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Mark Požlep was born in 1981 in Celje, Slovenia. In 2006, he completed his BA at the Academy of Fine Arts and Design in Ljubljana where he also received his MA from the Department of Video in 2009. Pozlep then pursued his Advanced Master’s degree at the Sint-Lukas School in Brussels where he researched trans-media. In 2019 he graduated from HISK – the Higher Institute of Fine Arts – in Ghent, Belgium, where he currently lives and works.
Požlep’s works in the field of visual art, performance, spatial installations and video. His artistic practice often involves large voyages, which function both as long-durational performance/endurance art and as an art piece in itself. It’s an intense procedural exploration, aiming to reveal the tension between politics and poetics, individual action and personal impotence. The journey is not an illustration or a metaphor; it is an experience; it is the crossing of real places.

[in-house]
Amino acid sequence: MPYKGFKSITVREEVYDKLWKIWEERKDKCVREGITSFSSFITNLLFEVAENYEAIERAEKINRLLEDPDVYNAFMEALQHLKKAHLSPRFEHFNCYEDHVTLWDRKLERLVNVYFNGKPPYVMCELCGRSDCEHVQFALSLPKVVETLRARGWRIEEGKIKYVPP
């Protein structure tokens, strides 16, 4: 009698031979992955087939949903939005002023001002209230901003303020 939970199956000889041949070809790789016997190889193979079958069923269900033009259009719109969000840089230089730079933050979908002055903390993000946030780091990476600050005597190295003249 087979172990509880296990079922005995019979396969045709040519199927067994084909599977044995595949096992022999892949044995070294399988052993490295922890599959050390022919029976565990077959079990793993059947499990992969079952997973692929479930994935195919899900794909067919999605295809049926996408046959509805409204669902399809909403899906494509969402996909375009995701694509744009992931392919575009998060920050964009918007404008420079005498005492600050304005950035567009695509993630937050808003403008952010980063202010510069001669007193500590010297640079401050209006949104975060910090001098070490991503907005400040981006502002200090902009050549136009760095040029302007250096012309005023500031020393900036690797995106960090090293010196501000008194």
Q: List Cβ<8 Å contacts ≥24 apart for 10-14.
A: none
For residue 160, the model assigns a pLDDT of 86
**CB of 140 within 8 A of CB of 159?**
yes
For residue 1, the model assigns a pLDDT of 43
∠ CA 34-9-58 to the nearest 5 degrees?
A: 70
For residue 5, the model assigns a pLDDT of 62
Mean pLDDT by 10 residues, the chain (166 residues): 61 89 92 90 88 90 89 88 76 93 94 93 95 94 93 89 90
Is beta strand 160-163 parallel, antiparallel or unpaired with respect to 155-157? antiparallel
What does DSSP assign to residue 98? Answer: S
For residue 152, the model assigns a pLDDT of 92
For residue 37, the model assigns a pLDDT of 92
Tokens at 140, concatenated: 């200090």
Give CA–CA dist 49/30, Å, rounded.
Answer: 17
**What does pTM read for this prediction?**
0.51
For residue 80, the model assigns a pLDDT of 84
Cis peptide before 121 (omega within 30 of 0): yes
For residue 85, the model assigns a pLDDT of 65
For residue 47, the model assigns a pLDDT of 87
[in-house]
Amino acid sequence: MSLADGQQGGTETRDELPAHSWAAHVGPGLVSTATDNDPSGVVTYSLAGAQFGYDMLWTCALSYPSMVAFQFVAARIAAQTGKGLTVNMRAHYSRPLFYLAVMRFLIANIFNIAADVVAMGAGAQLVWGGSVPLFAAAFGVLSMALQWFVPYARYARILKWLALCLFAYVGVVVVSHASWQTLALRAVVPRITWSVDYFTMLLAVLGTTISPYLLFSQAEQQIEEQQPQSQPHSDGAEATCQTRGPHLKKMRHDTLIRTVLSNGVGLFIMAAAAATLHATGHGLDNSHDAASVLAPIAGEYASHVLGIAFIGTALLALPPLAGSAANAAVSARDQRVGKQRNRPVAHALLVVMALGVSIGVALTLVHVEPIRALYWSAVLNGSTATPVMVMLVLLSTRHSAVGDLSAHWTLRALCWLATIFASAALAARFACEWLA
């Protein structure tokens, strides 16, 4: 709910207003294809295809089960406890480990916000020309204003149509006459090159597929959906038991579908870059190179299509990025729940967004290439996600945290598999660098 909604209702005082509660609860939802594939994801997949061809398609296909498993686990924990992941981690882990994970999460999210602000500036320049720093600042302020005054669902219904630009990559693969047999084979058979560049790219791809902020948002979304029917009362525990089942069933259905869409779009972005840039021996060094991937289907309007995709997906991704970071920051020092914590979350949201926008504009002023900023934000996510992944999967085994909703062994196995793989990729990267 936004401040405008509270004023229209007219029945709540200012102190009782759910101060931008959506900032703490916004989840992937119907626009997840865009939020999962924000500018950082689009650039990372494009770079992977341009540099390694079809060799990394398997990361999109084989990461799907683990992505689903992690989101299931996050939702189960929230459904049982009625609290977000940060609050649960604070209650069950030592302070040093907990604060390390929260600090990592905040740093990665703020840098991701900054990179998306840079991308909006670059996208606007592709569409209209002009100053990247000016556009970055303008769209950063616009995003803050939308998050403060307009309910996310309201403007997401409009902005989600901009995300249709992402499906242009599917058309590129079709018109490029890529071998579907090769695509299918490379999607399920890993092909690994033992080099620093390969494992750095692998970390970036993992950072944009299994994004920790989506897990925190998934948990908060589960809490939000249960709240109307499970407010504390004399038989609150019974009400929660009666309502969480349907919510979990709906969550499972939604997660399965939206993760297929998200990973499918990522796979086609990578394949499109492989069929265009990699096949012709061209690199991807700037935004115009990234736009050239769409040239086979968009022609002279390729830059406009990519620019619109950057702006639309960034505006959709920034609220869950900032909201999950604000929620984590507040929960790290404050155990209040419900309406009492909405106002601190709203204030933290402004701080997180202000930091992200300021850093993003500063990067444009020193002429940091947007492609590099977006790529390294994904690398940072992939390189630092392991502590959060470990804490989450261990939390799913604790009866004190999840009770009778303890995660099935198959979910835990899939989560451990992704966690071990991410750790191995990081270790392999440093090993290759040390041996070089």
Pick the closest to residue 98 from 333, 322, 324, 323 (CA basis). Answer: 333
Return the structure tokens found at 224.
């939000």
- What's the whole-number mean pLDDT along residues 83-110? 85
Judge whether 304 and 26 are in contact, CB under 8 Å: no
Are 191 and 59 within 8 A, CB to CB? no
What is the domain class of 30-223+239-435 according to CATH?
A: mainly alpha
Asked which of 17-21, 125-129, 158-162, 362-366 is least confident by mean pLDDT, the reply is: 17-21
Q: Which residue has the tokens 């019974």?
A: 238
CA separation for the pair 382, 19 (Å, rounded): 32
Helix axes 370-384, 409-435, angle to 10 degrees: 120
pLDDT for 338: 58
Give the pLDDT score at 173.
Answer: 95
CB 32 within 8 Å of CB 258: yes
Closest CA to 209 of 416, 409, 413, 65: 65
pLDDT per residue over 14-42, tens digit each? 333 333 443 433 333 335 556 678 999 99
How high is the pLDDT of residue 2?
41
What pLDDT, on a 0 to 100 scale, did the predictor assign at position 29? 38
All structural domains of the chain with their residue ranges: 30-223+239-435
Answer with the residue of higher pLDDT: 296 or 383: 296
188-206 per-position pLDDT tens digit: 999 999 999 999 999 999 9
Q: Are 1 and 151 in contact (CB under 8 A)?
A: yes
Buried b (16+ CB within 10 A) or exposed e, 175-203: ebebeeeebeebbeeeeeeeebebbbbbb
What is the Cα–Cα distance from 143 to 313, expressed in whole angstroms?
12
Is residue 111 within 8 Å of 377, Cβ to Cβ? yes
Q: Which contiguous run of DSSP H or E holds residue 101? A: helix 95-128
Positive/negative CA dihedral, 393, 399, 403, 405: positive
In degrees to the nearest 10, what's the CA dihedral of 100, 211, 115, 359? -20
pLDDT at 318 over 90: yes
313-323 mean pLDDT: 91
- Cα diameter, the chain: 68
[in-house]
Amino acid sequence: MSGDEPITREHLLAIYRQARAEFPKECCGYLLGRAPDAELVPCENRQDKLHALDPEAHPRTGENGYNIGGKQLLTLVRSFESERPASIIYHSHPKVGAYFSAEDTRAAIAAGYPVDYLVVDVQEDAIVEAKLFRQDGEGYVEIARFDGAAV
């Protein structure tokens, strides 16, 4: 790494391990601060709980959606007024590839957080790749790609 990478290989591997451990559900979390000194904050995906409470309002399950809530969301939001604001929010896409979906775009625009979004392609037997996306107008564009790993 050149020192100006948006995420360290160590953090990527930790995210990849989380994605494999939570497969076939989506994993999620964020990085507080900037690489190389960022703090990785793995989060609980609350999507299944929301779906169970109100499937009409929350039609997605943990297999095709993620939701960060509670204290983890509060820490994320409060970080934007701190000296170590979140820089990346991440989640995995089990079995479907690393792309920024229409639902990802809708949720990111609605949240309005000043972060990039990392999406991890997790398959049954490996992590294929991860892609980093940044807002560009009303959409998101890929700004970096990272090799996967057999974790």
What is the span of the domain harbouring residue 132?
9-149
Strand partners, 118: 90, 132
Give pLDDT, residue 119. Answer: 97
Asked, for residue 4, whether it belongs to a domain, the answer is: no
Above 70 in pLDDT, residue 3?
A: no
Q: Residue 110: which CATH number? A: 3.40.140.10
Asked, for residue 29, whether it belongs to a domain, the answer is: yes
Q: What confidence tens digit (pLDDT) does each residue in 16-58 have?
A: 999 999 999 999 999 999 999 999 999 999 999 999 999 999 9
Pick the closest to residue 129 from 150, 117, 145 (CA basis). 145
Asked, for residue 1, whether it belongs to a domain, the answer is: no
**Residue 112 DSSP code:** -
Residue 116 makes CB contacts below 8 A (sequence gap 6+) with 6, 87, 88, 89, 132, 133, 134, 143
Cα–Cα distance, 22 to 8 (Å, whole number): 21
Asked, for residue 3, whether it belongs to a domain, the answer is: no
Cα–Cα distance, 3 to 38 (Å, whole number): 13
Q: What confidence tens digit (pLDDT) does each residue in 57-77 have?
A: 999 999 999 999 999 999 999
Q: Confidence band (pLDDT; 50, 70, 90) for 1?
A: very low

Požlep is a storyteller who draws on popular culture and current events to perform tales about historical personalities, literary protagonists, characters from film and figures from various social groups. He is acutely aware of the sensitive nature of the materials he uses for stories which he effortlessly interprets using various medias and modes of presentation. He gives primary consideration to image vs. video, performance vs. play and classical gallery displays vs. theatre staging. He takes us into a world composed of documentary materials, lived experience, spoken word as well as the unconscious and the elusive, while refraining from creating an atmosphere of mystery. Požlep transmutes his own reality into the reality of each one of us with incredible lucidity. He propels us into a realm where his stories make reality more bearable ; a realm in which childlike yearning and enthusiasm fuse and transform into spirited anecdotes full of unforgettable exploits. He is an adventurer, a tireless explorer and an incorrigible idealist. He is playful yet utterly serious, precise yet unpredictably clumsy. While Požlep continues to return to the canvas and the brush, his faithful allies, his spirit refuses to be confined to the safe space of his atelier. As an excellent navigator both at sea and through the contemporary world he traverses, he sheds light on issues of power, as well as minority ethnic groups and cultures that he sees to be invisible.